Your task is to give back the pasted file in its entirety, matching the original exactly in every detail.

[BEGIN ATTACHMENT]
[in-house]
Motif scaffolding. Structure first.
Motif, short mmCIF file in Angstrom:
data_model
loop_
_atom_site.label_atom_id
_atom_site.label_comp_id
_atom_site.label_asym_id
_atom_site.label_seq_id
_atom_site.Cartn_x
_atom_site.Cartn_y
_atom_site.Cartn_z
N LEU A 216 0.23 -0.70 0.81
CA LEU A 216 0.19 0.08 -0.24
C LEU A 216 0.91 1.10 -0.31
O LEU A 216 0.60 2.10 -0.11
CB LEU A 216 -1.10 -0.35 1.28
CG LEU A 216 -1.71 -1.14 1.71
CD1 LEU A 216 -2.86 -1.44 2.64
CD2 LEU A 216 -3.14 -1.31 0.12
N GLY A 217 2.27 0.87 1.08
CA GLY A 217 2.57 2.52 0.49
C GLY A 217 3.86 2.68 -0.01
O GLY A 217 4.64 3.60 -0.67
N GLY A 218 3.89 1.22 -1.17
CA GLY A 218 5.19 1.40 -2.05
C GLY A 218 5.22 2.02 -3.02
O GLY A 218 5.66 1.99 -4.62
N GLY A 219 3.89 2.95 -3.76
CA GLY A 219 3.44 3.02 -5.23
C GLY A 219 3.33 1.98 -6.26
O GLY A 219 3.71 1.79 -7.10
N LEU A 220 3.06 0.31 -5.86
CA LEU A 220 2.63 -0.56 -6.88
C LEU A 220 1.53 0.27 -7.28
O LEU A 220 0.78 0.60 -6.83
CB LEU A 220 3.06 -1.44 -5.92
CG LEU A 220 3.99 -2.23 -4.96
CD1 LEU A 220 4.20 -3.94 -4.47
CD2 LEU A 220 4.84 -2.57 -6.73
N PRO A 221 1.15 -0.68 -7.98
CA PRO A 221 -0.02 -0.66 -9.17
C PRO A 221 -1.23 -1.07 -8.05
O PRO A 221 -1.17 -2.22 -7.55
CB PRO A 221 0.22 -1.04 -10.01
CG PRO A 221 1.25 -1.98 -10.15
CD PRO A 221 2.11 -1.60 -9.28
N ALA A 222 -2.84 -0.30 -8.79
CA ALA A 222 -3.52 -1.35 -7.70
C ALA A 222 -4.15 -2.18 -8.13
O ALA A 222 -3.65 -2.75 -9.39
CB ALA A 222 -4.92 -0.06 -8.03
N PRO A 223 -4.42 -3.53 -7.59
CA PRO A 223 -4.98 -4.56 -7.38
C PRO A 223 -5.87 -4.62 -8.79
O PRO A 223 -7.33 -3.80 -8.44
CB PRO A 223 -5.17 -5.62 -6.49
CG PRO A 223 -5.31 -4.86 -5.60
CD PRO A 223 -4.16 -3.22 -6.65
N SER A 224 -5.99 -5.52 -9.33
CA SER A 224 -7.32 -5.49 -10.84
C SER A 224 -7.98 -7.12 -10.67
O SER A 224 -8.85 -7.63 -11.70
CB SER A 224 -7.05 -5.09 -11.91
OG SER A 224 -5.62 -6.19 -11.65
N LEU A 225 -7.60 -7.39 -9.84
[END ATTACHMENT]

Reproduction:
[in-house]
Motif scaffolding. Structure first.
Motif, short mmCIF file in Angstrom:
data_model
loop_
_atom_site.label_atom_id
_atom_site.label_comp_id
_atom_site.label_asym_id
_atom_site.label_seq_id
_atom_site.Cartn_x
_atom_site.Cartn_y
_atom_site.Cartn_z
N LEU A 216 0.23 -0.70 0.81
CA LEU A 216 0.19 0.08 -0.24
C LEU A 216 0.91 1.10 -0.31
O LEU A 216 0.60 2.10 -0.11
CB LEU A 216 -1.10 -0.35 1.28
CG LEU A 216 -1.71 -1.14 1.71
CD1 LEU A 216 -2.86 -1.44 2.64
CD2 LEU A 216 -3.14 -1.31 0.12
N GLY A 217 2.27 0.87 1.08
CA GLY A 217 2.57 2.52 0.49
C GLY A 217 3.86 2.68 -0.01
O GLY A 217 4.64 3.60 -0.67
N GLY A 218 3.89 1.22 -1.17
CA GLY A 218 5.19 1.40 -2.05
C GLY A 218 5.22 2.02 -3.02
O GLY A 218 5.66 1.99 -4.62
N GLY A 219 3.89 2.95 -3.76
CA GLY A 219 3.44 3.02 -5.23
C GLY A 219 3.33 1.98 -6.26
O GLY A 219 3.71 1.79 -7.10
N LEU A 220 3.06 0.31 -5.86
CA LEU A 220 2.63 -0.56 -6.88
C LEU A 220 1.53 0.27 -7.28
O LEU A 220 0.78 0.60 -6.83
CB LEU A 220 3.06 -1.44 -5.92
CG LEU A 220 3.99 -2.23 -4.96
CD1 LEU A 220 4.20 -3.94 -4.47
CD2 LEU A 220 4.84 -2.57 -6.73
N PRO A 221 1.15 -0.68 -7.98
CA PRO A 221 -0.02 -0.66 -9.17
C PRO A 221 -1.23 -1.07 -8.05
O PRO A 221 -1.17 -2.22 -7.55
CB PRO A 221 0.22 -1.04 -10.01
CG PRO A 221 1.25 -1.98 -10.15
CD PRO A 221 2.11 -1.60 -9.28
N ALA A 222 -2.84 -0.30 -8.79
CA ALA A 222 -3.52 -1.35 -7.70
C ALA A 222 -4.15 -2.18 -8.13
O ALA A 222 -3.65 -2.75 -9.39
CB ALA A 222 -4.92 -0.06 -8.03
N PRO A 223 -4.42 -3.53 -7.59
CA PRO A 223 -4.98 -4.56 -7.38
C PRO A 223 -5.87 -4.62 -8.79
O PRO A 223 -7.33 -3.80 -8.44
CB PRO A 223 -5.17 -5.62 -6.49
CG PRO A 223 -5.31 -4.86 -5.60
CD PRO A 223 -4.16 -3.22 -6.65
N SER A 224 -5.99 -5.52 -9.33
CA SER A 224 -7.32 -5.49 -10.84
C SER A 224 -7.98 -7.12 -10.67
O SER A 224 -8.85 -7.63 -11.70
CB SER A 224 -7.05 -5.09 -11.91
OG SER A 224 -5.62 -6.19 -11.65
N LEU A 225 -7.60 -7.39 -9.84